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How Mercury Poisons Gold Miners, Water In Indonesia

A gold miner in Indonesia holds up a bottle of mercury. (BBC)
A gold miner in Indonesia holds up a bottle of mercury. (BBC)

Next month, 140 nations will sign the United Nations’ Minamata Convention.

It’s a treaty that aims to regulate the use of mercury worldwide, and is named after the Japanese community that witnessed the world’s biggest mass mercury poisoning 60 years ago.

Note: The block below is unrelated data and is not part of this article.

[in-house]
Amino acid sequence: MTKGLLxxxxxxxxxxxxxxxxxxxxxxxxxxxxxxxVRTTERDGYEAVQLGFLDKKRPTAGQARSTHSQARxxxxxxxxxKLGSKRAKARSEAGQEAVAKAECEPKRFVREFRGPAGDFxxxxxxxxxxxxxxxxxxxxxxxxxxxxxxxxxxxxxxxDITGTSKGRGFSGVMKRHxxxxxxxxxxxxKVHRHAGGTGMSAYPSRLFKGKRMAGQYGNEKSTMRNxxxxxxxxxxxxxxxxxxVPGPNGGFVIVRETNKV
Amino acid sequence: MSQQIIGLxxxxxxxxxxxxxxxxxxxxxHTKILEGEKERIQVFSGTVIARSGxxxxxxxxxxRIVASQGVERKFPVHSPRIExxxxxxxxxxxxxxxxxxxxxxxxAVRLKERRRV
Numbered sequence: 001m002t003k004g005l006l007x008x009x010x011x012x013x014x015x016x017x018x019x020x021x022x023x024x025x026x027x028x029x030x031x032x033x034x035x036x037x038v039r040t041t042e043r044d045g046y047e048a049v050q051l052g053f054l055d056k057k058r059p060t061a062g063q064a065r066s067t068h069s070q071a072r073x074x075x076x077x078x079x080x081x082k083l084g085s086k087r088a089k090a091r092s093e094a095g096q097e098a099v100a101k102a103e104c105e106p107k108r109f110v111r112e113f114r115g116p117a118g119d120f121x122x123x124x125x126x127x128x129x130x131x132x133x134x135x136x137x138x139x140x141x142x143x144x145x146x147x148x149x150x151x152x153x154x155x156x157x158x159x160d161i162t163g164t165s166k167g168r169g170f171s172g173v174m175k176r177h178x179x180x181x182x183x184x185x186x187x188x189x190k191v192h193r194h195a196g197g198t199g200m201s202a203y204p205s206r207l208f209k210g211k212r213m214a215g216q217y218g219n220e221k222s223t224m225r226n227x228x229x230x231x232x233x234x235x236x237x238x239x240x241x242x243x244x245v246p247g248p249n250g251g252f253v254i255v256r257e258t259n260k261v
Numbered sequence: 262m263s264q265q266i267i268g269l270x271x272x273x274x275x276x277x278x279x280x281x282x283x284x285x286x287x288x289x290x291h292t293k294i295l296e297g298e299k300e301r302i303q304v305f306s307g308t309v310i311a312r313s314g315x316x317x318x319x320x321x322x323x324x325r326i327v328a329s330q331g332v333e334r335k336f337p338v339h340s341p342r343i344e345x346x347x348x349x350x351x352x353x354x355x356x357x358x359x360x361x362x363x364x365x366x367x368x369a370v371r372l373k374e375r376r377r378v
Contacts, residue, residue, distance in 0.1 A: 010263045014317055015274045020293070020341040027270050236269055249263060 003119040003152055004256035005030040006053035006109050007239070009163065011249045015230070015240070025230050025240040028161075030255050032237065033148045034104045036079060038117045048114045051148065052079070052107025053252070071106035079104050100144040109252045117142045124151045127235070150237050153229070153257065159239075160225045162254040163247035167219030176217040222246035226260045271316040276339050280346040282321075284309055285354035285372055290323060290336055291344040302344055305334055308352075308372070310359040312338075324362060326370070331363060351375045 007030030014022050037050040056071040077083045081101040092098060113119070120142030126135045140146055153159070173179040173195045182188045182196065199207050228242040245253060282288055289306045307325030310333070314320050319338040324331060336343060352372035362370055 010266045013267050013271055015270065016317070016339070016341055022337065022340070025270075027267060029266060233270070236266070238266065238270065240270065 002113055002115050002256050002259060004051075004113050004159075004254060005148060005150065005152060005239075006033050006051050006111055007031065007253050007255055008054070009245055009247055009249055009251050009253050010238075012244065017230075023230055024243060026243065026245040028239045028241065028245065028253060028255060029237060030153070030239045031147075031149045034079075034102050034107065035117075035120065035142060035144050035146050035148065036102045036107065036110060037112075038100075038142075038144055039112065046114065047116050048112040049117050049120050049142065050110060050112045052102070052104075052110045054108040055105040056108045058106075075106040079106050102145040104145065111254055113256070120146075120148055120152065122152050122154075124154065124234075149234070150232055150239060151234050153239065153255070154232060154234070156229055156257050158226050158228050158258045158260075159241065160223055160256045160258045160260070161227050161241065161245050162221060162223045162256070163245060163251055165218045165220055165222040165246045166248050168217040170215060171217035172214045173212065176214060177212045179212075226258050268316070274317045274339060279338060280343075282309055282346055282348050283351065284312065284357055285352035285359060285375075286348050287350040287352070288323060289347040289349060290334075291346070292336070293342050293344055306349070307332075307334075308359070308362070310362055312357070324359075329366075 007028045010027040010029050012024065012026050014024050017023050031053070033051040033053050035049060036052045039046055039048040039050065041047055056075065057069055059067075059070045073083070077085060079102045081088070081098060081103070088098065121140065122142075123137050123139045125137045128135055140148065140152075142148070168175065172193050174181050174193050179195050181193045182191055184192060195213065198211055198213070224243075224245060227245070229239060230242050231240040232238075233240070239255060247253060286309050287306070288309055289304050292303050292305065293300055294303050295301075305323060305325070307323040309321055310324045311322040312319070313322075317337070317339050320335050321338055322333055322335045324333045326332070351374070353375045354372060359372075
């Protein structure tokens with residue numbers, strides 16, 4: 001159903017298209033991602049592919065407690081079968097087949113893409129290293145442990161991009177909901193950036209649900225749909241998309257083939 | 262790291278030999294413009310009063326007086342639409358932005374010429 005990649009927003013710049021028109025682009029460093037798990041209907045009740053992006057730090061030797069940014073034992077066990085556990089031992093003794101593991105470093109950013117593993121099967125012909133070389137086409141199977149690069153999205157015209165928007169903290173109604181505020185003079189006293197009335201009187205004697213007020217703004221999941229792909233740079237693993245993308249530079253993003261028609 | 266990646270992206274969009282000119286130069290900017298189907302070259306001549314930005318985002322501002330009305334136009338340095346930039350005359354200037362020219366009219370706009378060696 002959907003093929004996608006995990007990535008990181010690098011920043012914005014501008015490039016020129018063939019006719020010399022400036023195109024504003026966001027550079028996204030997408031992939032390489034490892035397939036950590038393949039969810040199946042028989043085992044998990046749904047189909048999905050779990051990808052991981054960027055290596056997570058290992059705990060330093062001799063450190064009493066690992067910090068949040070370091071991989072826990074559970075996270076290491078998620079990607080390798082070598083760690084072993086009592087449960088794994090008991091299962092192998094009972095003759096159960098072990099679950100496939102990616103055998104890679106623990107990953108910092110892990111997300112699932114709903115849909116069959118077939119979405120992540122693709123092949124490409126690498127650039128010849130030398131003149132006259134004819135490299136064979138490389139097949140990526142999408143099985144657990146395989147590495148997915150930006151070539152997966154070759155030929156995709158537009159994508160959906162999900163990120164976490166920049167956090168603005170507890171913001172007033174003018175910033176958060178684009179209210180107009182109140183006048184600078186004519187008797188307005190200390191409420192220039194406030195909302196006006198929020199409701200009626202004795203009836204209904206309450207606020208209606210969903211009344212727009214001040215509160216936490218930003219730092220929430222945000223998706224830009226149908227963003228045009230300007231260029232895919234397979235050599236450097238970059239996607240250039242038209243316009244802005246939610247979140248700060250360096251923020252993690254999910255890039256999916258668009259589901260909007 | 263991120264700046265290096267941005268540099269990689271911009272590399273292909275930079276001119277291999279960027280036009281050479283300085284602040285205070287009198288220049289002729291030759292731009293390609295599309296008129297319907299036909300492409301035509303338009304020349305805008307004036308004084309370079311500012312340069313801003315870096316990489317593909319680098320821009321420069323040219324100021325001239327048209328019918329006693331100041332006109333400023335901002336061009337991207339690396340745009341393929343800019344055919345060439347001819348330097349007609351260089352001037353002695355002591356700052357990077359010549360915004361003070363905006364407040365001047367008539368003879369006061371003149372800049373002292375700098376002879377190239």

Today, contamination with mercury is a particular problem in countries where small-scale gold miners operate. Mercury is used to separate fragments of gold from the rock or earth.

Indonesia is one of the world’s largest informal producers of this precious metal. The BBC’s Linda Pressly reports from Borneo on the impact of unregulated mining and the threat of mercury.

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